Today in History: Aid from Israel Arrives After Hurricane Katrina - One of the Costliest Natural Disasters in U.S. History
by M.C. Millman
On August 29, 2005, Hurricane Katrina's storm surge made history with 53 breaches to the flood protection structures in the greater New Orleans area.
The previous day, New Orleans Mayor Ray Nagin ordered a mandatory evacuation for residents. Katrina briefly achieved Category 5 status over the warm waters of the Gulf of Mexico. The National Weather Service predicted the area would suffer devastating damage, and they were right.
The following day, the storm weakened to Category 3 strength at its second landfall over Mississippi and southeast Louisiana. The hurricane brought sustained winds of 145 mph, making it one of the strongest hurricanes recorded. The winds ripped homes apart, cut power lines, and even turned cars into projectile missiles.
The eye of Hurricane Katrina made Louisiana landfall near Buras-Triumph on August 29, 2005, at 6:10 a.m. By 10:00 a.m. Central Standard Time, several sections of the levee system in New Orleans had collapsed. The storm surge breached the levee system protecting New Orleans from Lake Ponchartrain and the Mississippi River.
New Orleans experienced major flooding of 80% of the city due to fatal engineering flaws in the levees. Around 150,000 people stayed in New Orleans, only to be caught in the storm on August 29, with little access to food, shelter, and other necessities.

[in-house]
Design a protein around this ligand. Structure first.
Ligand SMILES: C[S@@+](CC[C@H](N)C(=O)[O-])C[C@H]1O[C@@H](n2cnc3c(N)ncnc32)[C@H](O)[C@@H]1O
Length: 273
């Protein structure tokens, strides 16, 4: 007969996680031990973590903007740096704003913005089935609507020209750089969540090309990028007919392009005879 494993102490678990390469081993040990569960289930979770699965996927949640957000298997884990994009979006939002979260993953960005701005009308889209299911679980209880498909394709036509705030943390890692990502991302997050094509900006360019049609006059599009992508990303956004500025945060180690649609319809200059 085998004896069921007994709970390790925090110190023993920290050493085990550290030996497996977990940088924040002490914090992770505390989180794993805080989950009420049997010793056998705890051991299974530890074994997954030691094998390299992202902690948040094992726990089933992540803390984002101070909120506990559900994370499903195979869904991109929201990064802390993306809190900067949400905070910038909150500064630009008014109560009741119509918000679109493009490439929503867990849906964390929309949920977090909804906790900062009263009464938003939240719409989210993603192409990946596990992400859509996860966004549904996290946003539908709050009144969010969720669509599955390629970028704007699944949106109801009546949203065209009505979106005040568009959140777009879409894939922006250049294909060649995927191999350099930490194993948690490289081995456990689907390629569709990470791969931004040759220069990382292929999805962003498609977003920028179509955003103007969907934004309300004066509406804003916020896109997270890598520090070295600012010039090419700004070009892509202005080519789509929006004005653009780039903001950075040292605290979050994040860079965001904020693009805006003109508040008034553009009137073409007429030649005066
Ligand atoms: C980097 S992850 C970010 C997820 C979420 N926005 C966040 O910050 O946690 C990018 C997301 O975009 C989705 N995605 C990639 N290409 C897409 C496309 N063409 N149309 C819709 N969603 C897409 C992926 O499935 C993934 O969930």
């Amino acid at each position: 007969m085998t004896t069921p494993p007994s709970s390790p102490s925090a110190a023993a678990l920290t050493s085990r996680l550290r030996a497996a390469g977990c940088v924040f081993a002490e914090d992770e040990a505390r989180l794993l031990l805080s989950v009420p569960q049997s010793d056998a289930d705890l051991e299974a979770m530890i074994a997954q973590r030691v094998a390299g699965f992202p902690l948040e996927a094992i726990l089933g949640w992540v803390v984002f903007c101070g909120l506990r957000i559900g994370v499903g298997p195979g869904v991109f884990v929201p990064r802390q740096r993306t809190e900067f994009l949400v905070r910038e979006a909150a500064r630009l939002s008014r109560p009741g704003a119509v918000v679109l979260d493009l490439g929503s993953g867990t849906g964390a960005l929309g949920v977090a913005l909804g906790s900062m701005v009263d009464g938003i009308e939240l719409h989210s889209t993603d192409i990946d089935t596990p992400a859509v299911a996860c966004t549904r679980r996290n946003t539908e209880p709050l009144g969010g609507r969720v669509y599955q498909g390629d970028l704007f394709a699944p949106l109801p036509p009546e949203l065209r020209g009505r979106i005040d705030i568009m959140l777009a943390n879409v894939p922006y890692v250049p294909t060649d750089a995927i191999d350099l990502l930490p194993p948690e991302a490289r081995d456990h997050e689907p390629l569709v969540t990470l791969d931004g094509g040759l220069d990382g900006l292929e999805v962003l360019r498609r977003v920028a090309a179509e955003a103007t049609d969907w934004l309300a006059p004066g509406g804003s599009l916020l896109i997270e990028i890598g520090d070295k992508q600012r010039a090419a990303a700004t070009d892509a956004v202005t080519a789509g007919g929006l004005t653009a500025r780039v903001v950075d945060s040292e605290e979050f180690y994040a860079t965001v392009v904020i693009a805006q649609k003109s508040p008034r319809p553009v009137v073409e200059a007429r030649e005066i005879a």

Aid for Katrina victims came pouring in from around the world, including Israel, which sent an IDF delegation to New Orleans. The donation from governmental and civilian institutions and the IDF included transport aid equipment, 80 tons of food, disposable diapers, beds, blankets, generators, and additional equipment. The team landed in New Orleans on September 10 and assisted in underway operations, including administering first aid to survivors and discovering hurricane victims.
Hurricane Katrina killed more than 1,800 people and displaced more than 1 million others. It was the costliest natural disaster in U.S. history at the time, with an estimated damage of $125 billion. Katrina was the most expensive natural disaster until 2021, when the severe winter storm in Texas caused at least $190 billion in damage.